SALT LAKE CITY — After taking off New Year’s Day, the Utah Department of Health’s first report of 2021 shows 5,042 new confirmed cases of COVID-19 and 25 new deaths in the state.
The department says 3,110 of those cases, and nine of the deaths, would have been reported on Friday.
With the update, Utah has now seen 281,654 total confirmed cases and 1,294 deaths from COVID-19 since the pandemic began. The health department says 14,900 more Utahns were tested over Thursday’s numbers and that 1,740,903 total Utahns have now been tested overall.
There are 487 Utahns currently hospitalized due to the coronavirus, including 152 in intensive care, and 11,101 total hospitalizations since the pandemic reached Utah last year.
Over the past week, the state is averaging 2,506 new reported cases per day and a positive test rate of 27.4%.
Amid concerns about the speed of deployment of the two approved coronavirus vaccines, Utah Saturday reported 46,374 vaccine doses have been administered so far. That’s up more than 16,000 doses from the number reported on New Year’s Eve; both the Pfizer and Moderna vaccine requires multiple doses.
There is no coronavirus news conference from state leaders scheduled for the weekend. Gov. Gary Herbert, who led most of the news conferences in 2020, is leaving office and will be formally replaced by Gov.-elect Spencer Cox on Monday.
We will report 46,374 vaccines administered. Remember, “Doses Administered” is the number of vaccine doses that have been given to people and reported to the UDOH. There will be a lag between when vaccines are shipped, administered to a person, and finally reported to us.
— Utah Dept. of Health (@UtahDepOfHealth) January 2, 2021
The 25 deaths reported over the past two days include six Salt Lake County residents:
- Two men between ages 65 and 84 who were residents of a long-term care facility
- Two women between ages 65 and 84 who were hospitalized when they died
- A man between ages 65 and 84 who was hospitalized
- A woman over age 85 who was hospitalized
They also include six residents of Davis County:
- A man between ages 65 and 84 who was hospitalized
- A woman between ages 25 and 44 who was not hospitalized
- Three men over age 85 who were residents of a long-term care facility
- A woman between ages 65 and 84 who was the resident of a long-term care facility
Washington, San Juan, Utah and Uintah counties also saw multiple deaths, with others scattered throughout the state:
- A Washington County woman over age 85 who was the resident of a long-term care facility
- A Washington County man between ages 45 and 64 who was hospitalized
- A Washington County man between ages 65 and 84 who was hospitalized
- A Utah County woman over age 85 who was the resident of a long-term care facility
- A Utah County man over age 85 who was the resident of a long-term care facility
- A Uintah County woman over age 85 who was not hospitalized
- A Uintah County man between ages 65 and 84 who was hospitalized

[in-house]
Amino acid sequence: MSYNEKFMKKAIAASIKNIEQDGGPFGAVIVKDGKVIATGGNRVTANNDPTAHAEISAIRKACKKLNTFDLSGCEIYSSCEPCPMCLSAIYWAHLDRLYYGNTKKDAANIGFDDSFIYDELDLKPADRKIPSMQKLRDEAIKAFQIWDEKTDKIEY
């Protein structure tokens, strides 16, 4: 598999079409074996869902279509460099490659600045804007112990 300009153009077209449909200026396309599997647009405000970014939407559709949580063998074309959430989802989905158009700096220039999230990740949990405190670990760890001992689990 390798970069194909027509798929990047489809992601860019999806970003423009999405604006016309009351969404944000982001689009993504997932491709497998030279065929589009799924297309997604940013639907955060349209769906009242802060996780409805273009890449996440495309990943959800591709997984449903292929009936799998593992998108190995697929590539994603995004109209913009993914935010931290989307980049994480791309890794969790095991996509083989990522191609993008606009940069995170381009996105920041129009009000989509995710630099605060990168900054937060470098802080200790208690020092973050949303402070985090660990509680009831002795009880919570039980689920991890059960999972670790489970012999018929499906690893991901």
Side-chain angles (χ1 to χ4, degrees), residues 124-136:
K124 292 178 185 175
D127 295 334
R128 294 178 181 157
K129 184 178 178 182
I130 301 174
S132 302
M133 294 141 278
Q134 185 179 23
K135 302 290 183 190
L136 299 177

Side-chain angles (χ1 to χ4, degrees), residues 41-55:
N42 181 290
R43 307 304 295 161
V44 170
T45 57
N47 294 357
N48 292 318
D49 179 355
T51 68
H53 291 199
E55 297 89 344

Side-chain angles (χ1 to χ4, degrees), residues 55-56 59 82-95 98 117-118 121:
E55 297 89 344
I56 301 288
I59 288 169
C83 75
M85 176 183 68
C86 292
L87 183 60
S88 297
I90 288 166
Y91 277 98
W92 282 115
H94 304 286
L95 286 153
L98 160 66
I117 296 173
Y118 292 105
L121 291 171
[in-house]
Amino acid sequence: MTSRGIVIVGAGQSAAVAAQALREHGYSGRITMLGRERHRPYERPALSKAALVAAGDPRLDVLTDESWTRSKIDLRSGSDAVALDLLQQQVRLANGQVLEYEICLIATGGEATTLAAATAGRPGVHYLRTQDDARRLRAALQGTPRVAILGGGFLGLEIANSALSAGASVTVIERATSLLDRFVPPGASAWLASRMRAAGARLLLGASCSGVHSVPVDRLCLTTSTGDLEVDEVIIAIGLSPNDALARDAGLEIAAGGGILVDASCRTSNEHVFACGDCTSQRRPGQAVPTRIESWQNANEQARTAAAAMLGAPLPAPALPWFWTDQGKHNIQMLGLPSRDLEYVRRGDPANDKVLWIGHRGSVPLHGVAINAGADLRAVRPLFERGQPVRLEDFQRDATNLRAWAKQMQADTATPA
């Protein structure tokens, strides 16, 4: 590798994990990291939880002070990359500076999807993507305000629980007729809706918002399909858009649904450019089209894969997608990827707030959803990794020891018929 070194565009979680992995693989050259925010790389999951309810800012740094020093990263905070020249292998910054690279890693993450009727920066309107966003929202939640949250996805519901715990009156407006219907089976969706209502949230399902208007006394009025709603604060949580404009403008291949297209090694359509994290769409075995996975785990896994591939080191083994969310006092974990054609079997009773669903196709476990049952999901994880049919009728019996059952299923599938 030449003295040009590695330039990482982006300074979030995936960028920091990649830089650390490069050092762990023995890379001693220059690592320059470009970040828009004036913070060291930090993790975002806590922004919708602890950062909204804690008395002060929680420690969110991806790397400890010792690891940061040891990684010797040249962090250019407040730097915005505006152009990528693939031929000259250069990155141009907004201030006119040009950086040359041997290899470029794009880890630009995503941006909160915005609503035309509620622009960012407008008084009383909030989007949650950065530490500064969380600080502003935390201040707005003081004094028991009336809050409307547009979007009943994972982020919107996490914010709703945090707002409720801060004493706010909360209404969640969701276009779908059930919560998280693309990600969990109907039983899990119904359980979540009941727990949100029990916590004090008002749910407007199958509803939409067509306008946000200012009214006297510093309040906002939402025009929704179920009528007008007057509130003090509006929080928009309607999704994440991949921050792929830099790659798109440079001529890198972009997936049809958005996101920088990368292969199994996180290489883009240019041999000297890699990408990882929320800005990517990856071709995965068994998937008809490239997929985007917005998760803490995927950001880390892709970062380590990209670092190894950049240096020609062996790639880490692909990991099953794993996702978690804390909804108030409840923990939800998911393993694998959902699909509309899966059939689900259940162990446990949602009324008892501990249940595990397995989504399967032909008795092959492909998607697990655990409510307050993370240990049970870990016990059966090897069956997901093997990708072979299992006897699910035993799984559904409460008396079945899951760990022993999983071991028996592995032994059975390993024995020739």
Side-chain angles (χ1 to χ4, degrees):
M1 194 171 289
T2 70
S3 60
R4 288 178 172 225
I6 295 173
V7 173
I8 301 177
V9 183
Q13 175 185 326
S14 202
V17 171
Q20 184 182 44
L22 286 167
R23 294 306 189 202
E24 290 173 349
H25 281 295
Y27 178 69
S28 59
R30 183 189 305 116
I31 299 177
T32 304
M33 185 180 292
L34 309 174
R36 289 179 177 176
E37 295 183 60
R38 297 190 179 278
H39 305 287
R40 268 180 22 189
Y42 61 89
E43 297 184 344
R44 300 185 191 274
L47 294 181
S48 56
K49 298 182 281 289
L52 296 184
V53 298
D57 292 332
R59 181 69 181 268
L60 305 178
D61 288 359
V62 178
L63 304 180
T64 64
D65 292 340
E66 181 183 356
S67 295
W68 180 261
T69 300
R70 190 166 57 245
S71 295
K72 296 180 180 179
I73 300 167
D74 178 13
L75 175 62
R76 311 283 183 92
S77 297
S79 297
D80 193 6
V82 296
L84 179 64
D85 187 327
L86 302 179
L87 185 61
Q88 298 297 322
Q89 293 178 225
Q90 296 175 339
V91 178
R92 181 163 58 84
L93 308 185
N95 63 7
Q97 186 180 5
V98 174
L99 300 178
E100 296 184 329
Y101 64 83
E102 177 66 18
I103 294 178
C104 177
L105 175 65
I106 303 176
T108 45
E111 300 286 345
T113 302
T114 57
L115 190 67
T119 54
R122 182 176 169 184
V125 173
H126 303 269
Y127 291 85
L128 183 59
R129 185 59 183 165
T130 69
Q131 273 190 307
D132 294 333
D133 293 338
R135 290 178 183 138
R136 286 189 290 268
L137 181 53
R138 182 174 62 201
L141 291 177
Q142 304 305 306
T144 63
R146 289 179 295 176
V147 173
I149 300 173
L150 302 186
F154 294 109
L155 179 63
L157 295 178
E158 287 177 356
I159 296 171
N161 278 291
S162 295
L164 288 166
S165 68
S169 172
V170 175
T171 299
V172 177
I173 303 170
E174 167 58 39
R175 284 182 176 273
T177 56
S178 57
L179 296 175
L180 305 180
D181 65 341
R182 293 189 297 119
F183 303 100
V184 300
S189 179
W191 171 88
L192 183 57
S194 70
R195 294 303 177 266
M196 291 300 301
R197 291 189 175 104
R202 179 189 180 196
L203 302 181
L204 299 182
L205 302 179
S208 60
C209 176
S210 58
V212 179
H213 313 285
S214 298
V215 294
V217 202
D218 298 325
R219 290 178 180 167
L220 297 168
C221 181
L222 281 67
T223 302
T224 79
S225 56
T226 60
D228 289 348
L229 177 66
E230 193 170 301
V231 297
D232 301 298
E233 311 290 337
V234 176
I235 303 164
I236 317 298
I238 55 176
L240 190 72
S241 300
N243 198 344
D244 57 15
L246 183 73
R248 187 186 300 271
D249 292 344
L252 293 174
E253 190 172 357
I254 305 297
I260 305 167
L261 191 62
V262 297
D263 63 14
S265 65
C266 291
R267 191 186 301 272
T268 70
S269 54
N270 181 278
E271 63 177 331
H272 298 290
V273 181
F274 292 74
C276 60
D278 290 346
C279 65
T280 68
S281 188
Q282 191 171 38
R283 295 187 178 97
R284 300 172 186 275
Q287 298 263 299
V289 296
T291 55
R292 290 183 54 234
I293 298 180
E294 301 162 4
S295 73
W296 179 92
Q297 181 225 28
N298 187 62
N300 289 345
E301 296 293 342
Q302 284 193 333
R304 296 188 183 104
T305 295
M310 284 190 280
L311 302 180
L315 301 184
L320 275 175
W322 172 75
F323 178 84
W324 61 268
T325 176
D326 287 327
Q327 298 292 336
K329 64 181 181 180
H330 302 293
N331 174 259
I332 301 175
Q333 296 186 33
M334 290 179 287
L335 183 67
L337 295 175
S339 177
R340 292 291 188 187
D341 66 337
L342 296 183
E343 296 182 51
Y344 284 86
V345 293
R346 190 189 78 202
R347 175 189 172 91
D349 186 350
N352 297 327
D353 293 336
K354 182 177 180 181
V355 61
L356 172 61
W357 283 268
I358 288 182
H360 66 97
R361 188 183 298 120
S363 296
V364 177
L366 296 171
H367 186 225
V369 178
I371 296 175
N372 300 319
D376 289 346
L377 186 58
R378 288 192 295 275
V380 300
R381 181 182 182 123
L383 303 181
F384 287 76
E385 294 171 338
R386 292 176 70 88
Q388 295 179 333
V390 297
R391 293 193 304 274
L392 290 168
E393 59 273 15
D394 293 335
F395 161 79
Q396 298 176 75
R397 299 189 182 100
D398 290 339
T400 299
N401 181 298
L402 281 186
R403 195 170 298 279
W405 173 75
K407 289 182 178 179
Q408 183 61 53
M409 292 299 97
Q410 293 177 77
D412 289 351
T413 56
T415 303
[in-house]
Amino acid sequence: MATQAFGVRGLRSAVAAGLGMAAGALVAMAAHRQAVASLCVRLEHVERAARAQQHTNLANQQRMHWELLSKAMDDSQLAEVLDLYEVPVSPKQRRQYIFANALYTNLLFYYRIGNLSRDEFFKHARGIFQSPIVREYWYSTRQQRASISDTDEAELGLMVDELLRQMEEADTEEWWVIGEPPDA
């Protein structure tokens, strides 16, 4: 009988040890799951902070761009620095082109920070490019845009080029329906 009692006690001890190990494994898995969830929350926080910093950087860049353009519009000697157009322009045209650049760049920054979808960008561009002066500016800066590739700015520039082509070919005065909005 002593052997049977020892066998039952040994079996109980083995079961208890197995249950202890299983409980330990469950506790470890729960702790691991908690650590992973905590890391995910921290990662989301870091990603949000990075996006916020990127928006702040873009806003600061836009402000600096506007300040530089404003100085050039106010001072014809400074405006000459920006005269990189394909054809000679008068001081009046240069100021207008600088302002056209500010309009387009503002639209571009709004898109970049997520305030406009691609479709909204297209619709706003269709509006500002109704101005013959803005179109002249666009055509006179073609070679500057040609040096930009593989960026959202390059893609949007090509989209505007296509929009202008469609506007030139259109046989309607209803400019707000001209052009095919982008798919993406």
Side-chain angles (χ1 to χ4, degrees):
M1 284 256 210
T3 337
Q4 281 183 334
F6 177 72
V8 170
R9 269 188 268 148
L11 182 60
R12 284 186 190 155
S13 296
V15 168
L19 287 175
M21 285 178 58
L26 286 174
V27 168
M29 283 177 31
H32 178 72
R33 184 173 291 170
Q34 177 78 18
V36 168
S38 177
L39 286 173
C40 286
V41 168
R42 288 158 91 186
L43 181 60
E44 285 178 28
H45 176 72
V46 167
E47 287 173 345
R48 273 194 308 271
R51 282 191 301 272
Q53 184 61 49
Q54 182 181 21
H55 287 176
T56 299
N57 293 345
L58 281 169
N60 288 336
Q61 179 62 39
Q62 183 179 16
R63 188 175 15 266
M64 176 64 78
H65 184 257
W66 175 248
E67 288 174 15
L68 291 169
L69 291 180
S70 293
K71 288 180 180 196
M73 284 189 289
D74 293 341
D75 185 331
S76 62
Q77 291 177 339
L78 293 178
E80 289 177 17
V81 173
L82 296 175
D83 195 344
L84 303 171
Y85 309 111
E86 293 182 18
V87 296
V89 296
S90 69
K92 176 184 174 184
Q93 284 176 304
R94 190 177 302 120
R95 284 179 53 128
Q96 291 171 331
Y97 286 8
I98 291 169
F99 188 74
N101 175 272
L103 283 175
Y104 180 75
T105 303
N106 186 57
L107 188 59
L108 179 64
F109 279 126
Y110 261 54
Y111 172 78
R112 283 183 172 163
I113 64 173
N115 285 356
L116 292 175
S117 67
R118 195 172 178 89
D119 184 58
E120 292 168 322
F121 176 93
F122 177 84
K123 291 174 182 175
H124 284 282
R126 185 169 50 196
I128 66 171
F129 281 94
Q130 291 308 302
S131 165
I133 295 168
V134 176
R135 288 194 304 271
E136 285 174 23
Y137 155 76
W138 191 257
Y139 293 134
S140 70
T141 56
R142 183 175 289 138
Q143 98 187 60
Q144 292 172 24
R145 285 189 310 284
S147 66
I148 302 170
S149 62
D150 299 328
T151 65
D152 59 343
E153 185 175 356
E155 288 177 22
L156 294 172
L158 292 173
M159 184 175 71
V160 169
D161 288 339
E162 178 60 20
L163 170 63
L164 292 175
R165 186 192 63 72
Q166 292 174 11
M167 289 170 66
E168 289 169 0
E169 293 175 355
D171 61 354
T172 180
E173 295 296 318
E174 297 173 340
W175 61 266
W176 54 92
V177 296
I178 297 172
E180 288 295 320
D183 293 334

- A San Juan County woman between ages 25 and 44 who was hospitalized
- A San Juan County man between ages 25 and 44 who was hospitalized
- A Box Elder County woman between ages 65 and 84 who was hospitalized
- A Weber County woman between ages 45 and 64 who was not hospitalized
- A Duchesne County man between ages 65 and 84 who was hospitalized
- A Sanpete County woman between ages 65 and 84 who was hospitalized
A first email from the Utah Department of Health incorrectly stated the total number of coronavirus-related deaths recorded in the state; it corrected that number in a follow-up email.
Test results now include data from PCR tests and antigen tests. Positive COVID-19 test results are reported to the health department immediately after they are confirmed, but negative test results may not be reported for 24 to 72 hours.
The total number of cases reported by the Utah Department of Health each day includes all cases of COVID-19 since Utah’s outbreak began, including those who are currently infected, those who have recovered from the disease, and those who have died.
Recovered cases are defined as anyone who was diagnosed with COVID-19 three or more weeks ago and has not died.
Referral hospitals are the 16 Utah hospitals with the capability to provide the best COVID-19 health care.
Deaths reported by the state typically occurred two to seven days prior to when they are reported, according to the health department. Some deaths may be from even further back, especially if the person is from Utah but has died in another state.
The health department reports both confirmed and probable COVID-19 case deaths per the case definition outlined by the Council of State and Territorial Epidemiologists. The death counts are subject to change as case investigations are completed.
For deaths that are reported as COVID-19 deaths, the person would not have died if they did not have COVID-19, according to the health department.
Data included in this story primarily reflects the state of Utah as a whole. For more localized data, visit your local health district’s website.
More information about Utah’s health guidance levels is available at coronavirus.utah.gov/utah-health-guidance-levels.
Information is from the Utah Department of Health and coronavirus.utah.gov/case-counts. For more information on how the Utah Department of Health compiles and reports COVID-19 data, visit coronavirus.utah.gov/case-counts and scroll down to the “Data Notes” section at the bottom of the page.
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Utah health department reports 5,042 new coronavirus cases from past 2 days /p>